| Air Plants are also known as Tillandsia's and are part of the Bromeliad family. There are over 550 species of Tillandsia. They are native to Mexico, South and Central America.
Air Plants take all their water and nutrients through their leaf system - not their roots like most other plants. The root system is only used to anchor the plants onto trees and rocks. This amazing ability - to live off air and to not need soil is what allows the Air Plant to be displayed in such a variety of ways, making them so popular for decoration in the home and office.
While they are called "Air Plants" they of course still need water, nutrients, and light to survive. Air Plants use tiny vessels located throughout their leaves called trichomes to capture nutrients and moisture from the air. While Air Plants are known for being easy to grow, they still do need attention to survive and live a healthy life. If taken care of, Tillandias will grow for years and produce many more plants to continue enjoying.
AIR PLANT CARE INSTRUCTIONSLIGHT
One of the most important things is light, and Air Plants are no exception. If you are keeping your plants indoors, you will want to make sure that they are near an adequate light source.
This can be within 3-5 feet of a window, or near an artificial light source. Take care to not let your Air Plants get too much direct sun, as this can be harmful even in an indoor environment.
Air Plants love being placed in a bathroom or kitchen window(indirect light), and the steam/moisture will keep them happy! Artificial light can also be a sufficient source, as long as the plants are not too far from the light and receive adequate amounts per day.
If you keep your Air Plants indoor, they will be healthiest with watering at least once a week. Plants that are constantly being dried out from A/C or heaters will require more moisture than a plant that is located in a
more humid environment. You can also mist your plants as needed in between watering, but misting should not be used as a sole source of moisture in most cases.
You can also water your plants using the "dunking" method, where you dunk the plants several times in the water, and gently shake off any excess.
If your plant is struggling and looks thirsty, you can leave them in bowl for a longer soak of a few hours or even overnight. A healthy air plant will have wide open leaves while a dehydrated air plant will have
closed and curled leaves! Never submerge the bloom or flower, as it can cause the flower to rot. Remember that each plant variety is different, and will require different watering schedules than others.
Another important variable that is important to your Air Plant, is you guessed it...Air! The plants will need good clean air circulation to survive and live a healthy life. Its important that after watering the plants have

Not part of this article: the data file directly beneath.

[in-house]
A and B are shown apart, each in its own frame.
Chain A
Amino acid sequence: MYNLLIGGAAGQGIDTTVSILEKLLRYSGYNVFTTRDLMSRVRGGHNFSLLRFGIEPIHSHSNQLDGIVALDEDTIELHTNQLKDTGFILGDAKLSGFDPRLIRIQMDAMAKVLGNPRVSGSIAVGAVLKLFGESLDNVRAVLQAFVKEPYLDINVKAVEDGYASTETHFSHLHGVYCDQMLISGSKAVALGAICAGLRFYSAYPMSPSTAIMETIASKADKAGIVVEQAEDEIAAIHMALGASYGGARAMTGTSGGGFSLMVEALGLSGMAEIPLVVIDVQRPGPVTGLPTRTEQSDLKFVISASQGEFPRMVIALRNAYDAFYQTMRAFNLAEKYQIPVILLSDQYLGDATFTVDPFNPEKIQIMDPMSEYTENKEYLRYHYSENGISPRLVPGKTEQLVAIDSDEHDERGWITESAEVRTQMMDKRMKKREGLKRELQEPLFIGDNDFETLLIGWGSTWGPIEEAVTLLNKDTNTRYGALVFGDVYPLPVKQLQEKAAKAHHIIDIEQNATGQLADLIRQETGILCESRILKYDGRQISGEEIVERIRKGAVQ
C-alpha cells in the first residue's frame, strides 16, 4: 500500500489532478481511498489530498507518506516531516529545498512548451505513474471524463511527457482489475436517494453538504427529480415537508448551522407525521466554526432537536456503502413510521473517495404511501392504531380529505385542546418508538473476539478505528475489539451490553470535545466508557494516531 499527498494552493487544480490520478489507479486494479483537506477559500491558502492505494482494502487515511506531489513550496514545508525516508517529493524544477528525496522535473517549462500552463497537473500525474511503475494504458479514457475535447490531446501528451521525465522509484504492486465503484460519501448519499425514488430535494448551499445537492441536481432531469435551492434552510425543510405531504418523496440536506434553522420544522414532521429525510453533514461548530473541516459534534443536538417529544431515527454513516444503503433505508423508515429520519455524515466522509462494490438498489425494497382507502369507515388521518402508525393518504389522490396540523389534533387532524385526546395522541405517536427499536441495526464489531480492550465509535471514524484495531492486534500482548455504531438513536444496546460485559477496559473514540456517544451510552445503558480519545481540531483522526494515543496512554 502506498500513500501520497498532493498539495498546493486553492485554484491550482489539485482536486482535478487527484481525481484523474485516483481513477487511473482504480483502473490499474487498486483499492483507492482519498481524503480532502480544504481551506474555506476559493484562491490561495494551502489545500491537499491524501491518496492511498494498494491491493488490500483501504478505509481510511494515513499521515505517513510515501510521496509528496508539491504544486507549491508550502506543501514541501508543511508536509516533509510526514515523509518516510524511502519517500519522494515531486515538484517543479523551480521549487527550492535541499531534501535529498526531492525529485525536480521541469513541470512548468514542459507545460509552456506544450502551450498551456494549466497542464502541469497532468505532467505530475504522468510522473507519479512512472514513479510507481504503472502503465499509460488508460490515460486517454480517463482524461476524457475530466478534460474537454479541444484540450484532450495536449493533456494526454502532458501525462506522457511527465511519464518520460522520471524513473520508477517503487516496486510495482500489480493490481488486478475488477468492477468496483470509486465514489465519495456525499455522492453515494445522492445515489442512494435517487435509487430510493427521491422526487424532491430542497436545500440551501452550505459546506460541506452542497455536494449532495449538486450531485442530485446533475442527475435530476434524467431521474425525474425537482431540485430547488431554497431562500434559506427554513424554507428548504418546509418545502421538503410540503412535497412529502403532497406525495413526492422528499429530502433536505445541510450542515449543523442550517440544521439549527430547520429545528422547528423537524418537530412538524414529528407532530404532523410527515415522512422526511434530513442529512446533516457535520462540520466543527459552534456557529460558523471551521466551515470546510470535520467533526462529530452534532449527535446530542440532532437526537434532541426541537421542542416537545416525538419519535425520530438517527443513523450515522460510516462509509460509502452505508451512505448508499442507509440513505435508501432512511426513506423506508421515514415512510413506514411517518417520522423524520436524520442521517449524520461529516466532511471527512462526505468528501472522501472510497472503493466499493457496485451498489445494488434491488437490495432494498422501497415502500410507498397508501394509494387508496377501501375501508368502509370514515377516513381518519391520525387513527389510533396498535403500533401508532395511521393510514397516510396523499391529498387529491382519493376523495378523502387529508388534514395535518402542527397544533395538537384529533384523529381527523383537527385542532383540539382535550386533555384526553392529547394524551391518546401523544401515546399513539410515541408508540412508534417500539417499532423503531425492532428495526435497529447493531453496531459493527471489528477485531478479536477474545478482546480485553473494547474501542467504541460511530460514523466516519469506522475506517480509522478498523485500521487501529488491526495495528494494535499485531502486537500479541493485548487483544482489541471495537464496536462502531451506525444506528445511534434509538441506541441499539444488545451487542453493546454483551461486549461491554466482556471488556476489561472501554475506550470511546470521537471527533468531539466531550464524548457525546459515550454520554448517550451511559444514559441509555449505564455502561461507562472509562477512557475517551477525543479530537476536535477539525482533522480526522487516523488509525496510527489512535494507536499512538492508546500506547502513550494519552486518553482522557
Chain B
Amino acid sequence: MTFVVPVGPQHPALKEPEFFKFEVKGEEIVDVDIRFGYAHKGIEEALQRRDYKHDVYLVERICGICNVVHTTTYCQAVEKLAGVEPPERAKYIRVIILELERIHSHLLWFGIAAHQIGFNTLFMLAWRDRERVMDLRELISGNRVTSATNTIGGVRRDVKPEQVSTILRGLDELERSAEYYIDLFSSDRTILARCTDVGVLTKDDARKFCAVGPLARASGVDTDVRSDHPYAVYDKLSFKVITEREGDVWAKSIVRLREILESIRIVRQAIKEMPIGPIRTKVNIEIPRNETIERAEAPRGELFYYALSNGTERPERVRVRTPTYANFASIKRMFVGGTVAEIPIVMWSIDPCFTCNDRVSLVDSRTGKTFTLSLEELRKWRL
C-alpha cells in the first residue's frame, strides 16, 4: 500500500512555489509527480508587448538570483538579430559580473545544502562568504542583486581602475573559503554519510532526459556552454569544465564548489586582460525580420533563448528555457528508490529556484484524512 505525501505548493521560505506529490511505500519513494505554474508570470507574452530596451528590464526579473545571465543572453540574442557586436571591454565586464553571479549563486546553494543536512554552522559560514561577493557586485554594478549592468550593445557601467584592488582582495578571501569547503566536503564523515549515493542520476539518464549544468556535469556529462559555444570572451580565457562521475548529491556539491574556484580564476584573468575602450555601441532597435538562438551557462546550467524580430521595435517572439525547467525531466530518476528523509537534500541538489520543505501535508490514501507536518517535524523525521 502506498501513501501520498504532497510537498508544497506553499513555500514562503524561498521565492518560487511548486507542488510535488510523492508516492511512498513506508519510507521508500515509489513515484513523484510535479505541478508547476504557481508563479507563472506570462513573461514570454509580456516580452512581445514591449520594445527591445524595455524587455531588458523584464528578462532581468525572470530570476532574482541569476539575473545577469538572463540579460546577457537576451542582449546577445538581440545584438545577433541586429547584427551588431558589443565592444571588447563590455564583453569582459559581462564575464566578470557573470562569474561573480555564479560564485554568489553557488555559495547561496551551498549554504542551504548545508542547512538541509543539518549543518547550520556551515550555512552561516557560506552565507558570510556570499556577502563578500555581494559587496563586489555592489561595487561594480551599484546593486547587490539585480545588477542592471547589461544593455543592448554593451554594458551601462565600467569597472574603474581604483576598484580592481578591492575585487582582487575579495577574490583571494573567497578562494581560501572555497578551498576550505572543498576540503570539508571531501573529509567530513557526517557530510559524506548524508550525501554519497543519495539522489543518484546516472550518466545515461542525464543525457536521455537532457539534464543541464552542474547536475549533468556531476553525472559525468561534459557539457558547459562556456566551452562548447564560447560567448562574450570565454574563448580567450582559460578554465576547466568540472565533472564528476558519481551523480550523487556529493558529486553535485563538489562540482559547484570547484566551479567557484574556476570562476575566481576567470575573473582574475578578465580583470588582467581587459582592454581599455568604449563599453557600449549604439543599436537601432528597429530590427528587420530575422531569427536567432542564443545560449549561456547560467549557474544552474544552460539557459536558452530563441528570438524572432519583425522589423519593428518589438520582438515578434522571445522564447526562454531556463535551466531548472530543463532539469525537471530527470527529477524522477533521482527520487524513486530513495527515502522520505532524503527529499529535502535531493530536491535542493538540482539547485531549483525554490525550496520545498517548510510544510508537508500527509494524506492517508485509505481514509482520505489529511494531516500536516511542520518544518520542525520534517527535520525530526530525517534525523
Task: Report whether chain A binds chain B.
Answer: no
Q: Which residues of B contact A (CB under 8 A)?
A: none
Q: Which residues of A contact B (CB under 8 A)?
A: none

enough air circulation to dry within 4 hours. While Air Plants will do well in containers, it is recommended that they do not be displayed in completely enclosed containers, and that they are completely dry before they are put back into a container that might restrict air circulation.
If you are planning on keeping your air plants in a terrarium or globe, you will need to remove the plant for normal watering, shaking off excess before placing back in Terrarium. You can also give it periodic mistings to create some humidity. The smaller and more compact the globe, the less mistings you will want to give your plants. If the terrarium is larger and has better air circulation, you can give it a few sprays from a water mister a few times a week. Just make sure to take care in ensuring the plant does not get over misted, and that it dries within a few hours while in the terrarium.
Bromeliad fertilizer can be used once a month in small quantities. You can also use orchid or any other indoor plant fertilizer that has low copper contents. Air Plants can be sensitive to fertilizers so make sure not
to over do it!
Air Plants have a life cycle of one plant growing to maturity, blooming and then producing offspring (pups). Most plants will produce between 2 - 8 pups. These in turn will mature, generally within a year and in turn bloom and produce pups. So this year you have one plant, next year maybe 6, the next year 36 and so on.
As your air plant begins to mature and run through its bloom cycle, (usually blushing a pretty pink to red) it will produce babies also known as "pups". You can either remove the pup once it reaches around 1/3 of the size of the mother plant, or you can leave the pups on and they will eventually form a "clump. Flowers can last from several days to many months, depending on the species, most bloom in late winter through mid summer.
Over time taking care of your Air Plants will become second nature, and you will have many years of enjoyment with these beautiful and unique plants! We include a care guide with your purchase but If you have any further questions, you can email us at firstname.lastname@example.org or visit our facebook page, ask us there and "Like" us :-)